By KRISTIN SMITH
This is a pivotal moment for Montana’s local governments. In March 2021 President Biden signed the $1.9 trillion American Rescue Plan Act (ARPA). ARPA included $350 billion in direct
payments for state and local governments.
In Montana, counties will collectively receive $207 million.
Montana municipalities will receive $133 million.
How can local governments best leverage these funds?
ARPA is unique for federal funding. First, it is a significant pool of money. Gallatin County stands to receive $22 million, which represents more than 12% of the county’s FY2020 budget.
Cities will also benefit from ARPA. Bozeman will receive $12 million, nearly 6% of its budget.
Belgrade will receive $2.3 million, $500,000 will go to Three Forks, $461,000 to Manhattan, and $330,000 to West Yellowstone.
Second, ARPA funds are relatively unrestricted. They can be used to replenish lost revenue, address economic impacts related to COVID, pay essential workers, and invest in water, wastewater,
and broadband infrastructure.
Third, the funding has a long timeframe. Communities have until Dec. 31, 2024, to spend funds.
Together, these factors give local governments the resources, autonomy, and time needed to make creative, long-term investments. It is an opportunity to be bold.
But ARPA also presents many challenges. One-time money cannot fix long-term budgeting problems. Montana is one of five states without a sales tax.
Local jurisdictions cannot collect local sales taxes. These fiscal policies make it hard for local governments to raise revenue to pay for critical infrastructure, services, and maintenance. ARPA
funds cannot fix these structural problems.
Also, windfall revenue is notoriously difficult to manage.
Research in boom-bust economies illustrates the pitfalls. Communities flush with revenue often invest in projects without considering long-term operating, maintenance, and debt-service costs. They sometimes increase spending across the board instead of investing in strategic priorities. When the windfall revenue disappears, they have to cut services, defer maintenance, and raise taxes.
Capacity is another challenge. Places like Bozeman have department heads and staff to strategically manage their funds. However, smaller communities may not have the resources, staff, or time to assess and implement different budgeting scenarios.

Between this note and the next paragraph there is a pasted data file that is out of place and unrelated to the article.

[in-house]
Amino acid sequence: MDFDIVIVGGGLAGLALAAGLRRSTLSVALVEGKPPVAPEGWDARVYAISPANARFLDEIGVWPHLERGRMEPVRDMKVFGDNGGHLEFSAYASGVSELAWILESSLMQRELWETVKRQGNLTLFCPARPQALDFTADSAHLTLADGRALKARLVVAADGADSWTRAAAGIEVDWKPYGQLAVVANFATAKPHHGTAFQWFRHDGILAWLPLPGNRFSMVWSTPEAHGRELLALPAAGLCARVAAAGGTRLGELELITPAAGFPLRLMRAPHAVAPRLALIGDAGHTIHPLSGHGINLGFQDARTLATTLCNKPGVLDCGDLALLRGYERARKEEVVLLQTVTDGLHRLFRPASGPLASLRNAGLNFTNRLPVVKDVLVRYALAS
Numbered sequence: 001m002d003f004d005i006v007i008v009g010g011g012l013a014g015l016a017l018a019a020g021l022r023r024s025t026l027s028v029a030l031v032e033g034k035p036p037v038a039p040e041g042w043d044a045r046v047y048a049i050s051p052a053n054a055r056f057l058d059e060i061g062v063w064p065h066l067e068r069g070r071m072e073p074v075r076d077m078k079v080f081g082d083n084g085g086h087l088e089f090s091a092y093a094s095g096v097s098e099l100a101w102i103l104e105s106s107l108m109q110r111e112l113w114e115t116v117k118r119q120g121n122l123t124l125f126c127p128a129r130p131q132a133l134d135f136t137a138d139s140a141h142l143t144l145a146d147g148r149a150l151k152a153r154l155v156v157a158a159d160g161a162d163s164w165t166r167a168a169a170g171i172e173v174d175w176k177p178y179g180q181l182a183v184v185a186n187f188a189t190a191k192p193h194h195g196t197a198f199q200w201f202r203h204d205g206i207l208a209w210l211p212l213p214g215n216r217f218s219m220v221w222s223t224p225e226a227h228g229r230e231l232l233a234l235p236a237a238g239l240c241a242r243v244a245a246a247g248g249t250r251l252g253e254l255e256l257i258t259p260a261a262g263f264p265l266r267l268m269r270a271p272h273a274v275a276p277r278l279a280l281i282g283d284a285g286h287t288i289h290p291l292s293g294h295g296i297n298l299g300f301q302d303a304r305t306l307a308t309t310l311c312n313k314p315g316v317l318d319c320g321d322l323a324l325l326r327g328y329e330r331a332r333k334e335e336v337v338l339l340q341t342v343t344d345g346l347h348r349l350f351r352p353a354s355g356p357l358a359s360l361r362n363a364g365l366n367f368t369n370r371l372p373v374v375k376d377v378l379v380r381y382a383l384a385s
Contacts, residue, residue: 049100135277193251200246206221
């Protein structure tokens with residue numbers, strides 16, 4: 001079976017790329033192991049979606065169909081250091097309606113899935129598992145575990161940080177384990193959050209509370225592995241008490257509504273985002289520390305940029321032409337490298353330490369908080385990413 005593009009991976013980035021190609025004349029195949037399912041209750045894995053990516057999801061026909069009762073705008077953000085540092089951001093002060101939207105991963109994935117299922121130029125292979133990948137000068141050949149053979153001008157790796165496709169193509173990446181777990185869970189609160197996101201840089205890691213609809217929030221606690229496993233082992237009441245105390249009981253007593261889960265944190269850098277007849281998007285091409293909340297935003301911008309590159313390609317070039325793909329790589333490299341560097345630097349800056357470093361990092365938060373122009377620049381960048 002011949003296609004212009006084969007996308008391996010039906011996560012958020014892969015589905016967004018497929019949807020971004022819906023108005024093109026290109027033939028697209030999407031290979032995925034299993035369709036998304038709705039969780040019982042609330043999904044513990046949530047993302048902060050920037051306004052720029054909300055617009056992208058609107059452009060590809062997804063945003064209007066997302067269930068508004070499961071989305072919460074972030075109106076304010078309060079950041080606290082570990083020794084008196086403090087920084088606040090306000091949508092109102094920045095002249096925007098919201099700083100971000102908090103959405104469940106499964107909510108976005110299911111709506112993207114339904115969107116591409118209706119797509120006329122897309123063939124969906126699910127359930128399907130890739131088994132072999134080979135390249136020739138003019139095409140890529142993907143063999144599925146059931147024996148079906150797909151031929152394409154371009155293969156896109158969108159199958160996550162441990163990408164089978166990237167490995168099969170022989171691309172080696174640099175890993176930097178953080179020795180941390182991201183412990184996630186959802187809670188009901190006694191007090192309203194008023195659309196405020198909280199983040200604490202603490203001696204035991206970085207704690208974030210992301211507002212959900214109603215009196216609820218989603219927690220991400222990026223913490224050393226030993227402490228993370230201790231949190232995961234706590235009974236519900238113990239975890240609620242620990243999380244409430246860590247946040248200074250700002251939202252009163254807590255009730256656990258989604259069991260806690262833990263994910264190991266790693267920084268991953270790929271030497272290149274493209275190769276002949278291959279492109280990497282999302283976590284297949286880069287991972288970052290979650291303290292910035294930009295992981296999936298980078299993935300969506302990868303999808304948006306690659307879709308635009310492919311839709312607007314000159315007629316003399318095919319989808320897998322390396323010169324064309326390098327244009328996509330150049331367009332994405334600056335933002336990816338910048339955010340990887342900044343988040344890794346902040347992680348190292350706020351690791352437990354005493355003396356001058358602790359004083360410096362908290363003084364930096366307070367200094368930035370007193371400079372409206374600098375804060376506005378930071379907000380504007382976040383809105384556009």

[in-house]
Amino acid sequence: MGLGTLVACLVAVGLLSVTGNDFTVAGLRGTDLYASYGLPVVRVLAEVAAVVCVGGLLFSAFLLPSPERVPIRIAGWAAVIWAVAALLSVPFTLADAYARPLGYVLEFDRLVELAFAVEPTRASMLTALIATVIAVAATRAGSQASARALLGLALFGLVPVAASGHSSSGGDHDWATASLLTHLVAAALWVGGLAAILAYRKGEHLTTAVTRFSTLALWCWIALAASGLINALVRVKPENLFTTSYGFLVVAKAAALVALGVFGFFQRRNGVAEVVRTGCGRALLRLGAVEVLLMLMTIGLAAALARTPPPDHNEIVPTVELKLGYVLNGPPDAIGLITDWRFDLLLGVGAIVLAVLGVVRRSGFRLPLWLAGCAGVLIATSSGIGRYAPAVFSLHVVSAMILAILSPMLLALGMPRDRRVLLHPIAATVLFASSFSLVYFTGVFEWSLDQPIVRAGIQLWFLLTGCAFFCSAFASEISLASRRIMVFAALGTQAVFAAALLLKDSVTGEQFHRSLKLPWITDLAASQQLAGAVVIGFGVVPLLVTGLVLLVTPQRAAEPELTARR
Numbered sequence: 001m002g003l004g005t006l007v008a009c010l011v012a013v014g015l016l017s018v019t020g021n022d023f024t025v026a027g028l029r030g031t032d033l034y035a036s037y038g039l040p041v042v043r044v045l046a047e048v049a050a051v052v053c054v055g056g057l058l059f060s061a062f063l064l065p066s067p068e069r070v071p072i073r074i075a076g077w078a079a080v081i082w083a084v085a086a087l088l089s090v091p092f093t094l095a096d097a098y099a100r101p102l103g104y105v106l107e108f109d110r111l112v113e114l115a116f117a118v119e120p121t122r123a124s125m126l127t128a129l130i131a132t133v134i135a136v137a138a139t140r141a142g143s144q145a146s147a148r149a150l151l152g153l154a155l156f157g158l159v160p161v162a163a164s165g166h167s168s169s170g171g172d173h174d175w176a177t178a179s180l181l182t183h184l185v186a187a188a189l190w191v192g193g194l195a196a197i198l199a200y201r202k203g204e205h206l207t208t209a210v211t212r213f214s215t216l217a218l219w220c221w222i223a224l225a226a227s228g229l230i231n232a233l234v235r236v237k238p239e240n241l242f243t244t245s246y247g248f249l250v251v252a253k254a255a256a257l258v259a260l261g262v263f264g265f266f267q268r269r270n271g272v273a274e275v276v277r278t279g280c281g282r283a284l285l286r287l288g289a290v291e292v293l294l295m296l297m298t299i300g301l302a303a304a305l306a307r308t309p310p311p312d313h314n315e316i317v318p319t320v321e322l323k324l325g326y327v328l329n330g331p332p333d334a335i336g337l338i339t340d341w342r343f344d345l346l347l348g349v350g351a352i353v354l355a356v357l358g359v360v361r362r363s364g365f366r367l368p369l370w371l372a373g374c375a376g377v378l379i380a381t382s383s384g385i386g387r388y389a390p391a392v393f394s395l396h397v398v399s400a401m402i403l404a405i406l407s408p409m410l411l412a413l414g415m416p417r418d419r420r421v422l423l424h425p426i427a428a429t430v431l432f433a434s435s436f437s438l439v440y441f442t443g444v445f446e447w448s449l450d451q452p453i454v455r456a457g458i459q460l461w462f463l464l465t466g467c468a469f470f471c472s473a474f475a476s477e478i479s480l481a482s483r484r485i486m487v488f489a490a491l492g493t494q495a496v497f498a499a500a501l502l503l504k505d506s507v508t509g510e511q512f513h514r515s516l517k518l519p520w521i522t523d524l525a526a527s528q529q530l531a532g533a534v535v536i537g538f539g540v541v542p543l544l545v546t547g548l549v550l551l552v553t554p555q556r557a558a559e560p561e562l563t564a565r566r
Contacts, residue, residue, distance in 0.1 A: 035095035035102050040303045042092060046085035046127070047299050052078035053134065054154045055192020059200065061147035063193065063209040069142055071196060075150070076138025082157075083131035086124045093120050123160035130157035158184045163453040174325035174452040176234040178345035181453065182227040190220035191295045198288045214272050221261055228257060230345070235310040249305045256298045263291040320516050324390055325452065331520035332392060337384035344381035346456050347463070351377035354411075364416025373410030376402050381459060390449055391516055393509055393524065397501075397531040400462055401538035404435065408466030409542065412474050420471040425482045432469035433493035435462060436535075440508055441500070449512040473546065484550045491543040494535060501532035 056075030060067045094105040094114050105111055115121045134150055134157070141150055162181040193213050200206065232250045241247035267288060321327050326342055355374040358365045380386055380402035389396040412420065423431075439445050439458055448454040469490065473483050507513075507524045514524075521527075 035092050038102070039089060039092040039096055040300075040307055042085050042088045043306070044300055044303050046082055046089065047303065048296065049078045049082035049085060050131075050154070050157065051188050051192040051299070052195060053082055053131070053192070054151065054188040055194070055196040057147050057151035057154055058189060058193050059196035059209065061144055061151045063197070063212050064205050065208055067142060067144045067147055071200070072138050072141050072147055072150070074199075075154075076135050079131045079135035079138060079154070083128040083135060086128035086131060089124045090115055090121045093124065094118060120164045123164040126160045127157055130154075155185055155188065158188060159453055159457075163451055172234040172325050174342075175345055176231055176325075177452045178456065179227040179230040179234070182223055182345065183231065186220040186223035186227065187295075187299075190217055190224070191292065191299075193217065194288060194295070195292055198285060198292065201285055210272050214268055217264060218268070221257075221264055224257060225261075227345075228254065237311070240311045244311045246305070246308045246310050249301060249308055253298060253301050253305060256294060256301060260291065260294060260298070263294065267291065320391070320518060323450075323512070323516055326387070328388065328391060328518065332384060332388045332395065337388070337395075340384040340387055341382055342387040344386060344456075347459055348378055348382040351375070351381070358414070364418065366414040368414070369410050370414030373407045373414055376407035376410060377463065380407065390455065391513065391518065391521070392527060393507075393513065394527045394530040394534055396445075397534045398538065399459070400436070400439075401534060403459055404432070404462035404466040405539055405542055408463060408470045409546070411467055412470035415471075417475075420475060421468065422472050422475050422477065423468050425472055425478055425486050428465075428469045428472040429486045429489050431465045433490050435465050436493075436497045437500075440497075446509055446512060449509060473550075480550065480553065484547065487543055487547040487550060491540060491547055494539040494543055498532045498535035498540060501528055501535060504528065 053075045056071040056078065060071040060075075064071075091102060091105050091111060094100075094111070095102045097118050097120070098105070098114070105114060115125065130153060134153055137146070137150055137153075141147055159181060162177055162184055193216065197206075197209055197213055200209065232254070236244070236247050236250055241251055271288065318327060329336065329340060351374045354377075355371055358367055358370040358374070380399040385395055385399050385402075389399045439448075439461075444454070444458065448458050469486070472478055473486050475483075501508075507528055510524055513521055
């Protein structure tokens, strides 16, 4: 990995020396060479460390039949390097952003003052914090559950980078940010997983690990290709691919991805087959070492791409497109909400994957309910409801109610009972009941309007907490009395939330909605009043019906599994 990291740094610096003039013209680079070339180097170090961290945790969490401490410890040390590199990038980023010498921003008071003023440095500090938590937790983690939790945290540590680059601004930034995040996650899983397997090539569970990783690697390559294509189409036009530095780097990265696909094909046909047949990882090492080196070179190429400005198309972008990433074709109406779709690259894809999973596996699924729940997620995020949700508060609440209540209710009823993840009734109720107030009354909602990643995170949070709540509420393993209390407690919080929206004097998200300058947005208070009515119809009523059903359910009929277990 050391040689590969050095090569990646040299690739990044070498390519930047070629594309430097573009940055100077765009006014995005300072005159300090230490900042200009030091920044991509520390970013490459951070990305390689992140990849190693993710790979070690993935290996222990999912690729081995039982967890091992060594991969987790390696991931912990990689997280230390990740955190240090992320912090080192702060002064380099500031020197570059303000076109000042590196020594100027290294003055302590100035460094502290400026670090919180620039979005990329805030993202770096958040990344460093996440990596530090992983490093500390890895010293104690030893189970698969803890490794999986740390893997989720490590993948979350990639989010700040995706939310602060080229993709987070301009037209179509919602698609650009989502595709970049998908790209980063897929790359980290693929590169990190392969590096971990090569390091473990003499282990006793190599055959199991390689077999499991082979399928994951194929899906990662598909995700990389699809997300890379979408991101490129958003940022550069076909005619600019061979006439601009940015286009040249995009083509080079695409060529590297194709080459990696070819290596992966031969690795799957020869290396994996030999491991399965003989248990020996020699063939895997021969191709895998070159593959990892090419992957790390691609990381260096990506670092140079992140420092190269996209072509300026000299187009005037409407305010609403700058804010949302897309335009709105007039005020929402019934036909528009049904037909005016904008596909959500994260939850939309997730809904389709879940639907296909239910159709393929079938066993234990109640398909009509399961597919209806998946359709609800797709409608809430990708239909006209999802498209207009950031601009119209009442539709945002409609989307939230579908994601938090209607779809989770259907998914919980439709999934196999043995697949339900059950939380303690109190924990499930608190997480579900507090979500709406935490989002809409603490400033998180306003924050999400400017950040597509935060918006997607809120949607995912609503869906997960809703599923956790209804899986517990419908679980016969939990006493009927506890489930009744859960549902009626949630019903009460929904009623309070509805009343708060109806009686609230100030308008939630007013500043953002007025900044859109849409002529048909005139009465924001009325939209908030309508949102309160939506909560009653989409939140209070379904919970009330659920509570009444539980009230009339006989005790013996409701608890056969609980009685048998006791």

Montana received an additional $960 million in ARPA funds that will be allocated by the Legislature. Spending priorities, eligibility, grant application processes and complexity, matching fund requirements, and other rules for distribution are currently being debated in HB 632. Politically savvy communities in Montana are already lobbying state elected officials. Smaller communities
may not have the capacity to compete.
How should our local governments invest ARPA funds? Invest long term. ARPA funds can help replenish reserves, upgrade systems, and fund programs that can actually save governments money in the long term — like paying for efficiency improvements in public buildings. Understanding how investments today will create (or prevent) ongoing costs tomorrow is key to avoiding unexpected liabilities.
Invest in community goals, not budget line-items. ARPA funding can be invested in pilot programs that are strategic priorities but historically difficult to fund. Bozeman is poised to do this.
Its recently released community plan lays out a vision to address growth challenges. ARPA can help operationalize the plan, like by bolstering affordable housing initiatives and kickstarting
innovative housing partnerships.
Invest regionally. No individual community will receive enough ARPA funds to significantly change operations. However, collectively, Gallatin County and its cities will receive almost $40
million. A regional approach, guided by a regional recovery council, could ensure that the funding benefits all communities while stretching dollars further. ARPA is an opportunity for county and city departments and elected officials to pool resources and coordinate regionally.
The opportunities created by ARPA funding could transform our region if we take a strategic, long-term view. Let’s not waste the windfall.
Kristin Smith, Ph.D., is an economic geographer and researcher at Bozeman-based Headwaters Economics.
Bozeman Daily Chronicle Guest Editorial 4/28/21